Best Defense Mechanisms in the Animal Kingdom


Octopus – Besides having a beak with a venomous bite, the octopus can also camouflage itself by changing colors to match its background, and shoot a cloud of ink into the water to escape its enemies. This cephalopod releases a proteolytic enzyme in its saliva which can cause swelling and necrosis (death) of tissue.

 

Walking Stick – The walking sticks defensive strategy is quite simple. It does not move. However, when you blend into your back ground as well as it does, not moving may be the best defense.

 

Iguana – The iguana has several rows of razor-sharp serrated teeth and claws to fend off predators, but it also has a great escape plan. When the tail of an iguana is severed by a predator, it automatizes and wiggles on the ground for up to 4 hours to distract the predator and allow the lizard to retreat.

 

Opossum – Opossums can deliver a nasty bite when cornered and they are known carriers of rabies, however their best defense strategy is to play dead. When an opossum is stressed, the animal faints, it drools, and its body releases a foul stench from its anus. The limp body, the saliva, and the smell convince predators that their next meal

Basilisk – This small South American lizard has an unique escape tactic when it is being attacked by a predator. When any animal attacks the Basilisk, it springs from its hiding place and runs across water to get away from the threat. Its light weight and large feet give the Basilisk the necessary tools to tread on top of ponds for short distances.

 

Skunk – Everyone knows what the skunk’s defense mechanism is, right? They spray a really foul odor on predators and run away. This works really well at least partially because most members of the animal world generally have a superior sense of smell to humans. So, the pungent odor from the spray of skunk is unbearable to most predators. But, the spray that is produced from glands in the skunk’s anus can also cause blindness if it lands in the eyes of animals, and skunks aim for the eyes. They can spray that putrid liquid up to ten feet away and hit their target while aiming essentially with their butt.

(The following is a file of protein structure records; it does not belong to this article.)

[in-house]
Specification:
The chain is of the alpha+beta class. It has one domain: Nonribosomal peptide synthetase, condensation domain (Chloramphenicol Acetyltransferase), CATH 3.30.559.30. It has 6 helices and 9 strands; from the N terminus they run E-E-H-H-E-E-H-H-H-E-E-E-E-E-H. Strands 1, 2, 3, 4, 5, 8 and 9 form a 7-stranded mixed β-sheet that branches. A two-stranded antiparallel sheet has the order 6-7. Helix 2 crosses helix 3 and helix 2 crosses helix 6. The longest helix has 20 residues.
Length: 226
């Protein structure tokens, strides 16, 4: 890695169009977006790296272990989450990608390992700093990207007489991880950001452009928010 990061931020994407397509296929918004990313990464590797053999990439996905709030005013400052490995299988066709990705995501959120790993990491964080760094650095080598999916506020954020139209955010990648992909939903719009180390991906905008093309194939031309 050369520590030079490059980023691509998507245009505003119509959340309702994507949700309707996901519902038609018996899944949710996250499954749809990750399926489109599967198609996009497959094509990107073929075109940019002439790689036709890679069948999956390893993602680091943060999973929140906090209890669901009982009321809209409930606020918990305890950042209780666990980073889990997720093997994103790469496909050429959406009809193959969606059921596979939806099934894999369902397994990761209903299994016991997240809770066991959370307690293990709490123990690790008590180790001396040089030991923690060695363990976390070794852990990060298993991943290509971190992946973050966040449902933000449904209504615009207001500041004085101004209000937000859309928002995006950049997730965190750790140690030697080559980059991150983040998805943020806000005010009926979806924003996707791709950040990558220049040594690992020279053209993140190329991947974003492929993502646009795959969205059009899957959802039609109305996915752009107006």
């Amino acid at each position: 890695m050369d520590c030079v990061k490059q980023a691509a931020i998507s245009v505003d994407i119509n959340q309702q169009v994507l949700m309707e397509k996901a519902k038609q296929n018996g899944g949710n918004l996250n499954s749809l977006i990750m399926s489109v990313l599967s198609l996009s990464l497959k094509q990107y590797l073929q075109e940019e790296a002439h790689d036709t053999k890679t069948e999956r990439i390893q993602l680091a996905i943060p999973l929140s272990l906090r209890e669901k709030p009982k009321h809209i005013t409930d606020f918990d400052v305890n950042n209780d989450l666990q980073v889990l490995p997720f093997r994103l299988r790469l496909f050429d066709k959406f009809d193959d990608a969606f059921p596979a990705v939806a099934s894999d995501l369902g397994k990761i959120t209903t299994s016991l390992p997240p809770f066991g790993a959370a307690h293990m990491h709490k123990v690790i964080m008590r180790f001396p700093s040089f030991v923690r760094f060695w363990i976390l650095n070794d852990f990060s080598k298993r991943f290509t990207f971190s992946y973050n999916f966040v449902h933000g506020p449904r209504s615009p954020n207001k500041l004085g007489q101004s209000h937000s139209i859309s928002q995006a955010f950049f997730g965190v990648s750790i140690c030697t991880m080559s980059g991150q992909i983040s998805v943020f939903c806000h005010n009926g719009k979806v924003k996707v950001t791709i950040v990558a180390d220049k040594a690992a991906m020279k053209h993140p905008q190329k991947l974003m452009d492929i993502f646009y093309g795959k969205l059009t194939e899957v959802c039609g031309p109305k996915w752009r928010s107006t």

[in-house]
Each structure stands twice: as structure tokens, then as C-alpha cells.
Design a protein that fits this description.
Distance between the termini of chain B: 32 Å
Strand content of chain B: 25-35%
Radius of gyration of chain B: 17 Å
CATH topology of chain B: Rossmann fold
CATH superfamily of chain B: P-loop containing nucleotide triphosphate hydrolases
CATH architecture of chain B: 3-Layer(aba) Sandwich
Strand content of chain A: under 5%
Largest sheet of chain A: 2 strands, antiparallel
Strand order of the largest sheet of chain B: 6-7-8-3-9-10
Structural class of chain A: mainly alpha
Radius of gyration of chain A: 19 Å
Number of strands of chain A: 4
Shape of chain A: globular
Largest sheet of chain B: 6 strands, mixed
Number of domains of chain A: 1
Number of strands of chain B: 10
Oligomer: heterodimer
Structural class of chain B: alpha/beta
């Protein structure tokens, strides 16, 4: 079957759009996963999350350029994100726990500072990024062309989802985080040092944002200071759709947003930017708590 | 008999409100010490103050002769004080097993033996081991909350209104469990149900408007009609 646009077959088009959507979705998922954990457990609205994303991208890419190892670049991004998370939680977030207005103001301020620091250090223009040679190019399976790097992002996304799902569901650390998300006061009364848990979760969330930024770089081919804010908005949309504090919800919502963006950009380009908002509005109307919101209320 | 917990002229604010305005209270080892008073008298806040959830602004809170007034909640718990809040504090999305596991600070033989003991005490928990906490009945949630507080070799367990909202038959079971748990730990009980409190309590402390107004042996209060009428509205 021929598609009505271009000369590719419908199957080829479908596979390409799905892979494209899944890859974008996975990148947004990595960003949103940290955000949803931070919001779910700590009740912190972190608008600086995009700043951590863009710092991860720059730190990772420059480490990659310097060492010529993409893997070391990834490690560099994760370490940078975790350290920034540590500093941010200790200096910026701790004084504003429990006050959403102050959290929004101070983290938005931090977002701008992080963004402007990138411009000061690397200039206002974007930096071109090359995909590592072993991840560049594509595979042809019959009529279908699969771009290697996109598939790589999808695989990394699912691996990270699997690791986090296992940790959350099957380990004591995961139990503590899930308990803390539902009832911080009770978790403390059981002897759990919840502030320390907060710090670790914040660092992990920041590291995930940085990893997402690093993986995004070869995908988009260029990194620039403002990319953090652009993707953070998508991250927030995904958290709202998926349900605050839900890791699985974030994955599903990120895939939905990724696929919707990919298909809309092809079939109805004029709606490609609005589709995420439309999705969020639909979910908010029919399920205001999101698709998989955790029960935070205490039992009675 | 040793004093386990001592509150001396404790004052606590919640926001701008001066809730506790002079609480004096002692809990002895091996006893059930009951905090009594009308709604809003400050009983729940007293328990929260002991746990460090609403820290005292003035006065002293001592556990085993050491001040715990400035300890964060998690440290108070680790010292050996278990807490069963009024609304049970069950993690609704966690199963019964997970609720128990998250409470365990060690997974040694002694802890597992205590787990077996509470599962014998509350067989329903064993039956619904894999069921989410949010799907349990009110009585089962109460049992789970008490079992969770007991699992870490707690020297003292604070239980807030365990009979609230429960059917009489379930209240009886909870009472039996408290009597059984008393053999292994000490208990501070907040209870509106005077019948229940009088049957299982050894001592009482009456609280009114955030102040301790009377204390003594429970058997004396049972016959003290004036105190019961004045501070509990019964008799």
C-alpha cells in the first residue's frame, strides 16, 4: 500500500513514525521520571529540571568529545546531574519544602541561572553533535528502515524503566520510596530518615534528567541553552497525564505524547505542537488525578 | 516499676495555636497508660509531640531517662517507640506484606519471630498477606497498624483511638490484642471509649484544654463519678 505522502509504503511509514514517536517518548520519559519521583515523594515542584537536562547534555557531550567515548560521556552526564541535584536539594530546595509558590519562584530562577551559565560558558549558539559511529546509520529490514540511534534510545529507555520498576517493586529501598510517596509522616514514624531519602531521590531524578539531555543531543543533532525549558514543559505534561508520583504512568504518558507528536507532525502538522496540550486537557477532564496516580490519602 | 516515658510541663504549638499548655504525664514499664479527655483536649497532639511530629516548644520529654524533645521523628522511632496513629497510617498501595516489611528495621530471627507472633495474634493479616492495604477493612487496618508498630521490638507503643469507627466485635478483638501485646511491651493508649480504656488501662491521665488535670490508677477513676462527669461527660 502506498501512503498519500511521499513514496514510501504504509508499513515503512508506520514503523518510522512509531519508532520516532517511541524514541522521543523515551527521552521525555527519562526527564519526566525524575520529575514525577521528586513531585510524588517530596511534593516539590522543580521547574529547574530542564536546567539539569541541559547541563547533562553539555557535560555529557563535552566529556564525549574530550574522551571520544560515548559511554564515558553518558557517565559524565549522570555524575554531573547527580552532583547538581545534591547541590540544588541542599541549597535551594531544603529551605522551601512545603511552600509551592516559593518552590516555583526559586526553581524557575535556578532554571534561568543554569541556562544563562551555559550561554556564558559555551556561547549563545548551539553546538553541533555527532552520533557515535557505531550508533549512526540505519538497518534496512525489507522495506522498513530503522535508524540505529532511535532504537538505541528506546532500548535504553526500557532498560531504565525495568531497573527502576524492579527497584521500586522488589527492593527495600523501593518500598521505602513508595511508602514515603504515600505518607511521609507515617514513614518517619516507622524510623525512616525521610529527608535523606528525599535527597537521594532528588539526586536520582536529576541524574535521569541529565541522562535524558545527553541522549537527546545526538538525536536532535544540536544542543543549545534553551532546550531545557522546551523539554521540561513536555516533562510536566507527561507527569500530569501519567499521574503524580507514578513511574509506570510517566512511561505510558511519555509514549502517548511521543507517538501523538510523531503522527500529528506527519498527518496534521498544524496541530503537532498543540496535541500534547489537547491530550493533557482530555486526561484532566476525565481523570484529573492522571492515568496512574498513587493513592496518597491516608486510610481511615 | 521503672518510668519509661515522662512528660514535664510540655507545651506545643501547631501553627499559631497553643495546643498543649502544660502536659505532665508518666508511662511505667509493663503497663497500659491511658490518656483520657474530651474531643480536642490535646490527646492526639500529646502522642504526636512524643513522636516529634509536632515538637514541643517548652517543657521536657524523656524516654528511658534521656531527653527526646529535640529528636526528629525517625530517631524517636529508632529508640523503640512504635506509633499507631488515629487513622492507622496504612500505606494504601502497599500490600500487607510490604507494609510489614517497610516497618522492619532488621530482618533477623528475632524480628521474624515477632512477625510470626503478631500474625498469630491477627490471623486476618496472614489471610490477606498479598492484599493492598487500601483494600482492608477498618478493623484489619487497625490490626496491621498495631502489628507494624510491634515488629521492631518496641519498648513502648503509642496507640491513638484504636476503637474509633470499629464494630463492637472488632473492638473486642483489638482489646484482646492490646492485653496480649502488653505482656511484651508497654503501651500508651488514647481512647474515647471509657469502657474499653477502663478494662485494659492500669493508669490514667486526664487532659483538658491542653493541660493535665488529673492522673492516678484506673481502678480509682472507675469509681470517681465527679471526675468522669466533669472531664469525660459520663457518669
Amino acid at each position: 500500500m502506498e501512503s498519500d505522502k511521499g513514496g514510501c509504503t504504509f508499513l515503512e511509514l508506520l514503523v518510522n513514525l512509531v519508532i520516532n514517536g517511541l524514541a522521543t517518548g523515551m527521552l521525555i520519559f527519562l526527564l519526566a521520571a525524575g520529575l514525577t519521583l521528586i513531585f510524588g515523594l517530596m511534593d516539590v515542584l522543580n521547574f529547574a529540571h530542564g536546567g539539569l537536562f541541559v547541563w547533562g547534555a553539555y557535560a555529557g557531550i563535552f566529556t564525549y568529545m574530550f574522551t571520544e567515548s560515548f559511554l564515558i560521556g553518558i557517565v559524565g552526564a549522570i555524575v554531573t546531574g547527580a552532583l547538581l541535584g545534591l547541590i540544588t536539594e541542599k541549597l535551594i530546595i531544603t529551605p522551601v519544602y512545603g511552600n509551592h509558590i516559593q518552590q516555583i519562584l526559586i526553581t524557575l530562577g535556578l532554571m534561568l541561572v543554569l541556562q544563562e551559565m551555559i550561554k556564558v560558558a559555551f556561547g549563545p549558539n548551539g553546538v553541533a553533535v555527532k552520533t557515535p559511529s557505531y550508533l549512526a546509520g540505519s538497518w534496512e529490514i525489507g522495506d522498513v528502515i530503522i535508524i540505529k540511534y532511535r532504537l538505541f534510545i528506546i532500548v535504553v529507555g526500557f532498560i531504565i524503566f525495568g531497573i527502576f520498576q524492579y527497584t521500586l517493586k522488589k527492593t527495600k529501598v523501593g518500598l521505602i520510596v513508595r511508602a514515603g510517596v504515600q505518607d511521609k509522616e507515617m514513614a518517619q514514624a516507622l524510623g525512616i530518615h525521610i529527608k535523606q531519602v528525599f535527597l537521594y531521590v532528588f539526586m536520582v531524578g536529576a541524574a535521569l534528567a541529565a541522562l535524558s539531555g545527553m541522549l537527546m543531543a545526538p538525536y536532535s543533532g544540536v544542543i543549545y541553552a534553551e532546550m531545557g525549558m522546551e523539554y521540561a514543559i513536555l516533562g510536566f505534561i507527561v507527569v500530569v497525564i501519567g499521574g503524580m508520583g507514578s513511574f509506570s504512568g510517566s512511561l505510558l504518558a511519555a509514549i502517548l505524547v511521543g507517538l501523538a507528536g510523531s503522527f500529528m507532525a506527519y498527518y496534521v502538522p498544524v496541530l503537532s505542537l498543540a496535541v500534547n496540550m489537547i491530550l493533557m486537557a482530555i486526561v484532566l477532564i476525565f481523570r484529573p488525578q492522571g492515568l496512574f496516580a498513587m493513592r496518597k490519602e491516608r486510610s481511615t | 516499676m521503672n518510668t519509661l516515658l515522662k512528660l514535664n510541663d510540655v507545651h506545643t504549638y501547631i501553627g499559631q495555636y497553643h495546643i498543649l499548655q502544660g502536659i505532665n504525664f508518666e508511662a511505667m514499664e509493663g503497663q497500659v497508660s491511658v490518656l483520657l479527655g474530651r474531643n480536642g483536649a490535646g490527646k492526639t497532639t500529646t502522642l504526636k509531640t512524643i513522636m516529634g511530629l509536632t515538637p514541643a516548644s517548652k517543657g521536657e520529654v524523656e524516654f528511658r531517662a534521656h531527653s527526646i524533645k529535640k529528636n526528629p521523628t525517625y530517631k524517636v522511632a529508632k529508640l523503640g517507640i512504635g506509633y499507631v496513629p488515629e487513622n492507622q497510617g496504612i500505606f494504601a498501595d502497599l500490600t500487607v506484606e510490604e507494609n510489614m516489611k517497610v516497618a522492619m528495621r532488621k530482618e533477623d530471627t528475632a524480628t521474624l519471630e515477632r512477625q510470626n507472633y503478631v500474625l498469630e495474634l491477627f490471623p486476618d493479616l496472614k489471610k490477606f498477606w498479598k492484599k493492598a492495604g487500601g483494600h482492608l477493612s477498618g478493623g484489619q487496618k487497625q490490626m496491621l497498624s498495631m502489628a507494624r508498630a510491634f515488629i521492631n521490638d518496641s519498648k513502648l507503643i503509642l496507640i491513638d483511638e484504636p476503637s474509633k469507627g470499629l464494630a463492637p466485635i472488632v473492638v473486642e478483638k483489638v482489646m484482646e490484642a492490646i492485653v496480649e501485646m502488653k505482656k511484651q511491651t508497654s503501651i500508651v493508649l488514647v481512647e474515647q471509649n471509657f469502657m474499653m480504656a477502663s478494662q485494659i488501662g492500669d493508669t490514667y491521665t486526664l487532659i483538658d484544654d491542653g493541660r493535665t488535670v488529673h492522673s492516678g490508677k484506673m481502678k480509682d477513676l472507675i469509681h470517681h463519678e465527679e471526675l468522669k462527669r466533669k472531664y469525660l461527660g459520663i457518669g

Platypus – The platypus is already a strange animal. It has a duck bill, a beaver tail, and a furry body. It is the only mammal does not give live birth and lays eggs. But, it is also one of the few poisonous mammals. The platypus also has a poisonous spur behind his fin that can be used to kill predators that grab it.

 

Slow Loris – The Slow Loris is a small primate that lives in Southeastern Asia. It secretes poison from its elbows, but it licks that poison and puts it on the fur of its body and the fur of its babies. Any animal that attacks a Slow Loris will endure a lot of pain before its eminent death. But, because the Slow Loris orally distributes the poison across its body, it also has a poisonous bite. And, people have gone into anaphylactic shock because of the bite.

 

Fulmar Gulls – One would think that Fulmar gull chicks are at the mercy of any large bird that can get to its nest. Most baby birds are dependent on their mothers and incredibly vulnerable to hungry predators. But, any bird that attempts to eat a Fulmar is in for the surprise of a lifetime. These gulls projectile vomit an orange liquid at their attackers that sticks to their feathers. This vile substance is so thick that it sticks the attackers feathers together so that it can not fly. But, if the attacker happens to fall into the ocean, the same gut potion makes birds sink in water. Any bird that attacks a Fulmar gull faces being drowned by vomit.

 

This little ball of cuteness is a killer.


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